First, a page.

Second powerful quake hits in days; thousands feared dead

HERAT, AFGHANISTAN – A second powerful earthquake has rocked western Afghanistan, compounding the devastation caused by a previous quake that claimed the lives of over 2,000 people and left entire villages flattened in Herat province. The latest earthquake, measuring 6.3 in magnitude, struck approximately 17 miles outside the provincial capital of Herat and triggered a landslide that blocked a major highway. The aid organization Doctors Without Borders reported that 117 people were injured in the temblor and provided additional medical supplies to the regional hospital in Herat. Chahak village, previously untouched by the tremors, saw all 700 homes flattened, but fortunately, no deaths have been reported as residents had sought shelter in tents due to ongoing aftershocks.

The epicenter of the earlier earthquake, which occurred on Saturday with the same magnitude, was located about 25 miles northwest of Herat. Taliban officials have stated that more than 2,000 people lost their lives as a result of the quakes, but no detailed breakdown of casualties has been provided. The affected region now lies in ruins, with survivors grappling with the loss of multiple family members. Volunteers have flocked to the area, outnumbering the remaining residents, to assist in search and rescue efforts as well as the burial process.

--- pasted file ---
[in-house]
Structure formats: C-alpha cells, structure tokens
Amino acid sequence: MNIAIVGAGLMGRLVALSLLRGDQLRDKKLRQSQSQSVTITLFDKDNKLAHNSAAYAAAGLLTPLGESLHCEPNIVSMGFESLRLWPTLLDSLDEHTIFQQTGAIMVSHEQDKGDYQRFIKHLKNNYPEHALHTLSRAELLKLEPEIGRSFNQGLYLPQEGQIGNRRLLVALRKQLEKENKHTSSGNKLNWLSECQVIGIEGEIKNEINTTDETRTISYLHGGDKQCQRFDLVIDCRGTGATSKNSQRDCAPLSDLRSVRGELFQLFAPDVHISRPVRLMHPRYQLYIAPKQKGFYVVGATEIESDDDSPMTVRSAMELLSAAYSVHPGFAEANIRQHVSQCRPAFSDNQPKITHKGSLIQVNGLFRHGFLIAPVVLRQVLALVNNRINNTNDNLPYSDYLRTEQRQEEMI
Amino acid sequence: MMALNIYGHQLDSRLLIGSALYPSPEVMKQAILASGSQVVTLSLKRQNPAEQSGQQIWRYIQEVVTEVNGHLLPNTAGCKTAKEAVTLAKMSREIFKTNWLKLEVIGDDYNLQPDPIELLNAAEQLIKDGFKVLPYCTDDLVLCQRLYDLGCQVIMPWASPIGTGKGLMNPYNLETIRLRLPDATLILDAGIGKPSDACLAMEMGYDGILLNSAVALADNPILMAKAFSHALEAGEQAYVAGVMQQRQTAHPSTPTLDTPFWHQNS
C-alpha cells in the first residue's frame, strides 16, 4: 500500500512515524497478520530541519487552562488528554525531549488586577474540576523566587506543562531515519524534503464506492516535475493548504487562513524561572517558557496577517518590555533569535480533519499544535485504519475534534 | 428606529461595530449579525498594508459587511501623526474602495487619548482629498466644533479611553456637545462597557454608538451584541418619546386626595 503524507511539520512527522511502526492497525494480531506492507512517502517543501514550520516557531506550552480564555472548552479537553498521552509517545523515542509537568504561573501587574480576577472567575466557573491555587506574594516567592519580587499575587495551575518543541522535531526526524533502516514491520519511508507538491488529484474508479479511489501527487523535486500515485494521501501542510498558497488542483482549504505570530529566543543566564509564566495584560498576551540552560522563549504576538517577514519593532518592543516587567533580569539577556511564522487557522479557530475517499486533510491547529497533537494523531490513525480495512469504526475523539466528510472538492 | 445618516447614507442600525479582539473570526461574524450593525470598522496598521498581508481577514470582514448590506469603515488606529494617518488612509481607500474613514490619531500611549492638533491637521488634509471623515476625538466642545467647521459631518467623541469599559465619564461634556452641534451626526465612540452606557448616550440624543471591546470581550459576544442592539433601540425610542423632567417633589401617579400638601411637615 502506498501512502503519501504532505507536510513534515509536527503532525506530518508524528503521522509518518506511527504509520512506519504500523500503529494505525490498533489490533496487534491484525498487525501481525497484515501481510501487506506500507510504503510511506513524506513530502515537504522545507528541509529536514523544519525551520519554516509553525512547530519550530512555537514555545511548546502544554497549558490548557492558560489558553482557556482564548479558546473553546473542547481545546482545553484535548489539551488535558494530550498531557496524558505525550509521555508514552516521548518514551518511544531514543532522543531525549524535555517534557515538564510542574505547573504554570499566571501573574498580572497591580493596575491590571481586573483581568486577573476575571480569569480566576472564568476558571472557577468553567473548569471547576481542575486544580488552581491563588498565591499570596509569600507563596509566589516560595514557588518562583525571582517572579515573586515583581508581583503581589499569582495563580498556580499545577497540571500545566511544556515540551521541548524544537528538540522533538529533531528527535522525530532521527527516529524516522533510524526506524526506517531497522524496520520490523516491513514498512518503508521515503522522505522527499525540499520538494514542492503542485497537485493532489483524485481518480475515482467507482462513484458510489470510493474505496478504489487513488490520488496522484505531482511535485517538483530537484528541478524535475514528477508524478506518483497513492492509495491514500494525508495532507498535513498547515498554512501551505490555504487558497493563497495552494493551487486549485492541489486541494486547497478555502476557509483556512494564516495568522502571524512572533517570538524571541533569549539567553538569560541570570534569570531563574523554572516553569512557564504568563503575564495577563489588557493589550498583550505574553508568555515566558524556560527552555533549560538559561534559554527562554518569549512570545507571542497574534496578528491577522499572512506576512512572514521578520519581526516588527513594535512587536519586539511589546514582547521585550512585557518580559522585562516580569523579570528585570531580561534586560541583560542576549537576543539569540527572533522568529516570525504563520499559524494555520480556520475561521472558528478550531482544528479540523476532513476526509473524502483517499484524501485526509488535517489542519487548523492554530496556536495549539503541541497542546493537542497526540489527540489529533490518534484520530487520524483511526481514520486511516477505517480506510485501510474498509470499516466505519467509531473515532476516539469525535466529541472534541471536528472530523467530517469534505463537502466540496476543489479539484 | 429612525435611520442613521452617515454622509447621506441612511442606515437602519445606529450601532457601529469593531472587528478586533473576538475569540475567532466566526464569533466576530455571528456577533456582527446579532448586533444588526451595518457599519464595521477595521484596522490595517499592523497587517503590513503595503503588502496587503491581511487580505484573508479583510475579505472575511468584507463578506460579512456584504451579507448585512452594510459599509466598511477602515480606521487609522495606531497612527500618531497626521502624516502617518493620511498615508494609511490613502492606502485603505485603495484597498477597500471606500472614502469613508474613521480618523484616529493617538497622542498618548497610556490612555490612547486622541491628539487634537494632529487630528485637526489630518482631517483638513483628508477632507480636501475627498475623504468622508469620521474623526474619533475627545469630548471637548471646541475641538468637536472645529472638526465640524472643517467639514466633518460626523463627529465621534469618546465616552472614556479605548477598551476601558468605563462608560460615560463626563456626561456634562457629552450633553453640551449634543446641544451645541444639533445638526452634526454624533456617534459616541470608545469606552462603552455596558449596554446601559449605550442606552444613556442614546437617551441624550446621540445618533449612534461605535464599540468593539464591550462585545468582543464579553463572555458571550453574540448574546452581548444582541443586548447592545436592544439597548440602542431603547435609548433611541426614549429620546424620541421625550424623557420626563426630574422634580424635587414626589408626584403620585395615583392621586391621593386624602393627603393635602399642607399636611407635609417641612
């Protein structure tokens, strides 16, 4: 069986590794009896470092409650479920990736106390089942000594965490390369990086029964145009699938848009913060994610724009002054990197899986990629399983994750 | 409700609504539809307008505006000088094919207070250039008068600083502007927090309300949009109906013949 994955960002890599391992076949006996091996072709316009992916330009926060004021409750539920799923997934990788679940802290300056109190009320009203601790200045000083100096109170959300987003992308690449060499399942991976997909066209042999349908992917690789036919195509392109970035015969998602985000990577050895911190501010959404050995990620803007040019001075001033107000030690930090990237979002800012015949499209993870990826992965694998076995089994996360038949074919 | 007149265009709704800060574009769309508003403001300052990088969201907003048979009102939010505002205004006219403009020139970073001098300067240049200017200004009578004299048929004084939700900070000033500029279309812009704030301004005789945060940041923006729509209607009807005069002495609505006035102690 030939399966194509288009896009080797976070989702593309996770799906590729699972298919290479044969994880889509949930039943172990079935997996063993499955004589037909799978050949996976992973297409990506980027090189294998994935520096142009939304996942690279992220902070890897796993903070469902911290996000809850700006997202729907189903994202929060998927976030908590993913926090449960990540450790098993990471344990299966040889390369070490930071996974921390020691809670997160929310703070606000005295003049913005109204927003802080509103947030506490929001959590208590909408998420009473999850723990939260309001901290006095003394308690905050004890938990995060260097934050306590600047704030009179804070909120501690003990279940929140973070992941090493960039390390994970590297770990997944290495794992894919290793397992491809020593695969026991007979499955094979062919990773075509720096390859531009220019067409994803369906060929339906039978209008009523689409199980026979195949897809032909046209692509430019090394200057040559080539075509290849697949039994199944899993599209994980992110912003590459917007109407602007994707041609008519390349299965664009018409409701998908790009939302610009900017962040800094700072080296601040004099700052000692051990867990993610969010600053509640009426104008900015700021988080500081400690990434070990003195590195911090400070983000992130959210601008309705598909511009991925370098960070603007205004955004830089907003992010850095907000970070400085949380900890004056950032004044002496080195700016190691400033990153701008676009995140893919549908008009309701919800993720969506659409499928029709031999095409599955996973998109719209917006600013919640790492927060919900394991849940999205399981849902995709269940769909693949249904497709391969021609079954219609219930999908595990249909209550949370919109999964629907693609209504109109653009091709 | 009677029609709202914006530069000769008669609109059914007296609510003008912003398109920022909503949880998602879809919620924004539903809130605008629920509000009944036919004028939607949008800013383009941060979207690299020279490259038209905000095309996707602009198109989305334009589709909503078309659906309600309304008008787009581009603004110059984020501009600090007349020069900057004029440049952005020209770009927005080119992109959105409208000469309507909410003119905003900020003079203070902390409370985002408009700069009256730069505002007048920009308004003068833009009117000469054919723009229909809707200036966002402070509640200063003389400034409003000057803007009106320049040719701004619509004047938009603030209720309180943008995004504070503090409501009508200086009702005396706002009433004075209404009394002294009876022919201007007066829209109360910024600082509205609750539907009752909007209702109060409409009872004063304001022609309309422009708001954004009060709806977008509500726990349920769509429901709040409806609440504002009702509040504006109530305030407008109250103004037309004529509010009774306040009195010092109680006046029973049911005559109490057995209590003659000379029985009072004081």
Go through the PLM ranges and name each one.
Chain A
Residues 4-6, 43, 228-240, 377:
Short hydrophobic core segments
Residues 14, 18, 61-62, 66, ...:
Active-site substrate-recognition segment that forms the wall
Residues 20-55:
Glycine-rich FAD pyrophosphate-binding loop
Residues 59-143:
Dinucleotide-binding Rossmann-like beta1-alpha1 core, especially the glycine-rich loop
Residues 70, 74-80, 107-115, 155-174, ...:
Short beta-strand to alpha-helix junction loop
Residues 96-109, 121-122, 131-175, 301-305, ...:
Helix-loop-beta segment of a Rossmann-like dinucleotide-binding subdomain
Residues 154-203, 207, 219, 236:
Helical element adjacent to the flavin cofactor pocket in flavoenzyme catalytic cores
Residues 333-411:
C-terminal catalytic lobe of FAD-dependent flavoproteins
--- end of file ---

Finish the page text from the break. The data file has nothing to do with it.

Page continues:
Zinda Jan, one of the worst-affected districts, has experienced extreme levels of destruction, according to satellite imagery from the United Nations. The district, which has only one government-run hospital, has raised concerns about the vulnerability of children and the severe psychological distress they may be experiencing in the aftermath of the earthquakes. Afghanistan, due to its location near fault lines and the movement of tectonic plates, is prone to earthquakes. The country has recently endured several significant quakes, including a magnitude 6.5 earthquake in March and another in June 2022 that claimed the lives of at least 1,000 people.

Neighboring Pakistan has offered assistance, but the delivery of humanitarian aid has been delayed due to clearance issues with the Taliban. Pakistan has set a deadline for undocumented migrants, including 1.7 million Afghans residing illegally in the country, to leave before October 31. The strained relations between the two countries have added to the challenges faced by those affected by the earthquakes in Afghanistan.